But here is Stoudemire, dribbling between his legs, striding across the Garden hardwood. He is smiling, beaming, really, as if this is where he was supposed to be all along. Stoudemire is not unaware of what the Knicks have been through in recent years; after all, he has reaped the same benefits of playing them as everyone else. But he seems immune to—almost uninterested in—Dolan, Inc. Much of the fan base spent the summer wracked with terror that Isiah Thomas would be returning to the franchise; it was claimed in a few reports that his credentials as a former player helped sway Stoudemire to come here. Stoudemire puts that theory to rest, saying that during his short Knicks courtship, “I never talked to [Thomas] once.” (When asked if he’d even met him, Stoudemire said, “A while ago, I think.”) He says he barely knows Dolan and that it doesn’t really matter. “I’m really not too familiar with the outside situation,” he says. “We can only control what we do from the inside.” At one point, he is surprised to learn that Marv Albert no longer calls Knicks games; Albert split with the Knicks in 2004, in part for being too critical of the team on-air.
Stoudemire trots to the scorer’s table to sign some memorabilia. (His staff has about 100 pamphlets for him to John Hancock with the word STAT; it’s Stoudemire’s self-given nickname, an acronym for “Standing Tall and Talented,” and it’s how he’s addressed by everyone around him.) He notices one of the televisions on the scorer’s table playing highlights of an old Knicks-Suns game. He stops, looks closer, and realizes that it’s the MSG Network airing a half-hour show called MSG Countdown. This episode consists entirely of the 25 greatest individual plays Amar’e Stoudemire has made against the Knicks. This is too much for him to resist.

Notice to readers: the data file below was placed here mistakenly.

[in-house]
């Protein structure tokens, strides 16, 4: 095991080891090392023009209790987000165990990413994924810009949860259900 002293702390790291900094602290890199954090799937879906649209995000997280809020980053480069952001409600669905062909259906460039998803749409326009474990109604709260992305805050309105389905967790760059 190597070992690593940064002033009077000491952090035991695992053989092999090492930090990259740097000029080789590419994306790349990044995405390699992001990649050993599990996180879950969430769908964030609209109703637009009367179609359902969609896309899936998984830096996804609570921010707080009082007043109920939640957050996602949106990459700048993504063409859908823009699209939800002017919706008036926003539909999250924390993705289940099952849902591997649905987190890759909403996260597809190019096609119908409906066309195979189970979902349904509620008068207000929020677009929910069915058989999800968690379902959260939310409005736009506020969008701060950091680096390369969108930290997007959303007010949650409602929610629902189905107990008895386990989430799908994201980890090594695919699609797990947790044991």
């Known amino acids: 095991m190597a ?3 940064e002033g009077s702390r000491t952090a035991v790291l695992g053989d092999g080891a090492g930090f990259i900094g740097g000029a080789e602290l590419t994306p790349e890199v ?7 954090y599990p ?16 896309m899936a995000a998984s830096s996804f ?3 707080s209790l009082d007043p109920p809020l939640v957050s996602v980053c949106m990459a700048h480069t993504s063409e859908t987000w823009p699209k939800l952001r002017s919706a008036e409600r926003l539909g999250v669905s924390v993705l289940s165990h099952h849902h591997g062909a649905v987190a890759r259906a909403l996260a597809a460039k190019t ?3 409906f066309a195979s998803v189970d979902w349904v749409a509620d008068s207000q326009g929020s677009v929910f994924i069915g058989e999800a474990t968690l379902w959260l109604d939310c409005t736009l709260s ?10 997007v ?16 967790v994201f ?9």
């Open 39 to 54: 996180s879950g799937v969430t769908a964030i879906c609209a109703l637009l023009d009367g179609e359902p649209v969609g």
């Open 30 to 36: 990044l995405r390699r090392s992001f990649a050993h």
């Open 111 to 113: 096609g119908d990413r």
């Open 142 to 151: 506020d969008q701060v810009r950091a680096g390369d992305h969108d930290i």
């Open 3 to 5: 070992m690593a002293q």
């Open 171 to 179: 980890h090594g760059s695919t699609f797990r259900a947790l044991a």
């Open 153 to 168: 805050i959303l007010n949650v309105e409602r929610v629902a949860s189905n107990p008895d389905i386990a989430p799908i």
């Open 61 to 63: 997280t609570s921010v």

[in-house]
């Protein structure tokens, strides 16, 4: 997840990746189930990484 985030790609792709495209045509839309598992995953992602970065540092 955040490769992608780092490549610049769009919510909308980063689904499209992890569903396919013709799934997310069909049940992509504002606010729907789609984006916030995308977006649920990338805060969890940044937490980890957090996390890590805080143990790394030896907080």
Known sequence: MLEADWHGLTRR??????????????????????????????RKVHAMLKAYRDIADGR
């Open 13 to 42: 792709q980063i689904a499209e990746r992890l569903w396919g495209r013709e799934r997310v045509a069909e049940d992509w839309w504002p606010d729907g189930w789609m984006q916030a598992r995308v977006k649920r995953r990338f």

He walks around the scorer’s table, sits with Max, and watches himself jumping over Michael Doleac, faking Eddy Curry out of his shoes, smashing Malik Rose to the ground. It is a half-hour of the new Knick dunking on the past. He whoops with Max after one particularly kinetic destruction of Renaldo Balkman. “Damn!” they both yell. He smiles broadly. The photographer calls over; he’s ready. Stoudemire stands up. “Let’s do this,” he says, and runs onto the court, and then he is a Knick.